How specify a lib dependency

I’m using a pyproject.toml file to specify the depencies. I have multiple packages within my project. Each package has it’s on pyproject.toml. So, something like a workspace in the Rust world.

📂 .
├──  lib
│   ├── 📂 luci
│   │   ├── 📂 core
│   │   ├──  pyproject.toml
│   │   ├── 📂 tests
│   │   └── 📂 tnc_connector_core.egg-info
│   └── 📂 luci-postgres
│       ├── 📂 postgres
│       ├──  pyproject.toml
│       ├── 📂 tests
│       └── 📂 tnc_connector_postgres.egg-info

The postgres package depends on the core package. Is there a way to specify the dependency in the pyproject.toml file?

There are Tutorials on packages and depencies

That talks about a pip file

Now you say: Each package has it’s on pyproject.toml
What I see instead is just 1 such file for a big project. I’m not sure if that than would interact with the several pyproject.toml for each project underneath like you want it.

I could think of creating an entire new pyproject.toml covering all the dependencies you need. But that is a pain and can easily cause mistakes. May be a bit of scripting to collect dependencies from each single pyproject.toml and write them into a new file could be an idea. Then copy over the outcome into the pyproject.toml file for the greater project now.

PEP 621 specifies this stuff. You want the dependencies section of the [project] table:

Note that in the TOML file, the project is your package.

As an example, the pyproject.toml for my cs.x package starts like

 name = "cs.x"
 description = "X(), for low level debugging."
 authors = [
     { name = "Cameron Simpson", email = "" },
 keywords = [
 dependencies = [
 classifiers = [
     "Programming Language :: Python",
     "Programming Language :: Python :: 2",
     "Programming Language :: Python :: 3",
     "Development Status :: 4 - Beta",
     "Intended Audience :: Developers",
     "Operating System :: OS Independent",
     "Topic :: Software Development :: Libraries :: Python Modules",
     "License :: OSI Approved :: GNU General Public License v3 or later (GPLv3+)",
 version = "20231129"

By contrast, I keep my personal modules/packages in a single monorepo, much like the OP is above. It’s reasonable to have a pyproject.toml for each package if that’s how you’re working.

o.k. Postgres depends on Core
writing project.toml

When on the page scroll down to:

Dependencies and requirements


If your project has dependencies, list them like this:

[project] dependencies = [ “httpx”, “gidgethub[httpx]>4.0.0”, “django>2.1; os_name != ‘nt’”, “django>2.0; os_name == ‘nt’”, ]

See Dependency specifiers for the full syntax you can use to constrain versions.

You may want to make some of your dependencies optional, if they are only needed for a specific feature of your package. In that case, put them in optional-dependencies.

[project.optional-dependencies] gui = [“PyQt5”] cli = [ “rich”, “click”, ]

Each of the keys defines a “packaging extra”. In the example above, one could use, e.g., pip install your-project-name[gui] to install your project with GUI support, adding the PyQt5 dependency.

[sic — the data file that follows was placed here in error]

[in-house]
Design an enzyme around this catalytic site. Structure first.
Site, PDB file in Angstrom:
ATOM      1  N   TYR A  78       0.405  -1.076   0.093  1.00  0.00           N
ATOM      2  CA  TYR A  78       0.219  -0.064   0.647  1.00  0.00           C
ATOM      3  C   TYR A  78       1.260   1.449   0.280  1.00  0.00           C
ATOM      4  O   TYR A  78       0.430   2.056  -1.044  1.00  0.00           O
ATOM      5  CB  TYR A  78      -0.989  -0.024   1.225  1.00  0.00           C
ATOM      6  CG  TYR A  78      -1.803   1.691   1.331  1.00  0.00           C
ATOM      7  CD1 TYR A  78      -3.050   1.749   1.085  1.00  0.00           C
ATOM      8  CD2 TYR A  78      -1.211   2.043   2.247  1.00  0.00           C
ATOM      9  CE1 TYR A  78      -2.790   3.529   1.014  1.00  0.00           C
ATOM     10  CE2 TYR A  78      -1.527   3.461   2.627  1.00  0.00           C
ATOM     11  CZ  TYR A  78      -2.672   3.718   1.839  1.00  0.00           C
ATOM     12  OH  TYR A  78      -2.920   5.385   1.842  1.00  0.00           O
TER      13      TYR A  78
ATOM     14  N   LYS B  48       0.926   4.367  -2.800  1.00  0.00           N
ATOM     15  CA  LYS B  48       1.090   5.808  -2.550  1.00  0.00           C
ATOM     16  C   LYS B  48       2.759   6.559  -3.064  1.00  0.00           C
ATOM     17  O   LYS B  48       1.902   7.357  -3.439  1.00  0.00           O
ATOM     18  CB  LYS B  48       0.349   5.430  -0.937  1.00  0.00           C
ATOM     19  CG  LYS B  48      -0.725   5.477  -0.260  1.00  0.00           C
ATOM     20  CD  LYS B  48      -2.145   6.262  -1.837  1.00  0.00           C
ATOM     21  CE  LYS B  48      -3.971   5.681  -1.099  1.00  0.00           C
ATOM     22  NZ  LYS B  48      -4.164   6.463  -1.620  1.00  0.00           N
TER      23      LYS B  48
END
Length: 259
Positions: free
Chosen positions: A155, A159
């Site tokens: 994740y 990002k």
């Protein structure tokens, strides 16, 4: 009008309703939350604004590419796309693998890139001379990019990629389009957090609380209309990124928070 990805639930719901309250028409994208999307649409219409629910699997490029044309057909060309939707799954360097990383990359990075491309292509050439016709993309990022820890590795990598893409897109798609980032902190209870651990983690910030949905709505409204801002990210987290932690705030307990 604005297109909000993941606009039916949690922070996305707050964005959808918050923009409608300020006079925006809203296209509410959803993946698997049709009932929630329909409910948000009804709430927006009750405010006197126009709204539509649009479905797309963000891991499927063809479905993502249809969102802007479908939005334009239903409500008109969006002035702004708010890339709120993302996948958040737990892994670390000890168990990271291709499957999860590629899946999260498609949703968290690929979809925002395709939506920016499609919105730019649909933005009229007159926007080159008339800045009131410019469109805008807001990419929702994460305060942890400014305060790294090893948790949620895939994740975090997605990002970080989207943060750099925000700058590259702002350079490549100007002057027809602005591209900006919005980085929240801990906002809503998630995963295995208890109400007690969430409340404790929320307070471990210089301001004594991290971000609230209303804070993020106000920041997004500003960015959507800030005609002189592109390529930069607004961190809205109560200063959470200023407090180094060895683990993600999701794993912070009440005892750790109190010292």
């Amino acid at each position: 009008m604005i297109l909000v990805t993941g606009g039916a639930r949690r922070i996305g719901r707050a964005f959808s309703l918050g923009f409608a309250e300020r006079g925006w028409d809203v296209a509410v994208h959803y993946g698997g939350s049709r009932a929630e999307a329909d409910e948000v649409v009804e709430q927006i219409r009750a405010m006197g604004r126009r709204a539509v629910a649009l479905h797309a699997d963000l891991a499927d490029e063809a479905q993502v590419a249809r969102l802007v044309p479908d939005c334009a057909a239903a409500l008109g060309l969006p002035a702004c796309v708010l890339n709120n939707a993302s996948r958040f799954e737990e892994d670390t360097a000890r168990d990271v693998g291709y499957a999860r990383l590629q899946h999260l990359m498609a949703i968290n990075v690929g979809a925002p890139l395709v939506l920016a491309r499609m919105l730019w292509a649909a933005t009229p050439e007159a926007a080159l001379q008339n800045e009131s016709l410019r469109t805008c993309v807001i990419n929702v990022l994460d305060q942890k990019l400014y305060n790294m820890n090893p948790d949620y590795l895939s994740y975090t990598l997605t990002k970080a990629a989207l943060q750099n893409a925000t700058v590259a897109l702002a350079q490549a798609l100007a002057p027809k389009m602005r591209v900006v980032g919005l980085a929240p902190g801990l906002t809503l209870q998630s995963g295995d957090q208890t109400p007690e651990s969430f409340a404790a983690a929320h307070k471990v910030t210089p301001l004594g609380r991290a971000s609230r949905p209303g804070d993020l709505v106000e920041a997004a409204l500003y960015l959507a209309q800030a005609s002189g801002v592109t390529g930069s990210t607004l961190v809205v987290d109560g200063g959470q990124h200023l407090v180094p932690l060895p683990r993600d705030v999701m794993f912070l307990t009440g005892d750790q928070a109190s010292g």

This lets you declare the minimum version of Python that you support [1].

[project] requires-python = “>= 3.8”

Thanks for showing the structure of your project; its very helpful in giving you advice specific to your situation. One key point to get out of the way first, in case you (or others) aren’t already aware, is the overloading of the term “package” to mean two entirely different things “import package” and “distribution package” [1]:

  • An import package is any directory containing an file (and typically, Python code), and the name of that import package directory is what you import in Python.

  • A distribution package is how your project is distributed to others (on PyPI, etc), and may contain one or more import packages. Each pyproject.toml corresponds to one distribution package, and the specified therein is the name under which you find the project on PyPI, install it with pip, specify it as a dependency, etc.

In your case, you have two top-level import packages, core and postgres. Each top-level import package is contained within its own distribution packages, with respective names tnc-connector-core and tnc-connector-postgres (I can see the names above due to using legacy editable installs with .egg-info files). core and postgres would be the names you’d import them under in Python, while tnc-connector-core and tnc-connector-postgres would be how you’d find and install them from PyPI, and how you’d specify them as dependencies.

As others have mentioned, assuming you’re using a current version of any modern backend that supports pyproject (“PEP 621”) metadata (Setuptools, Flit, Hatch, PDM, Meson-Python, Scikit-Build-Core, etc, basically everything but Poetry) you can specify your project’s dependencies in pyproject.toml following the standard specification, like this:

name = "tnc_connector_postgres"
version = 0.2
dependencies = ["tnc_connector_core>=0.2"]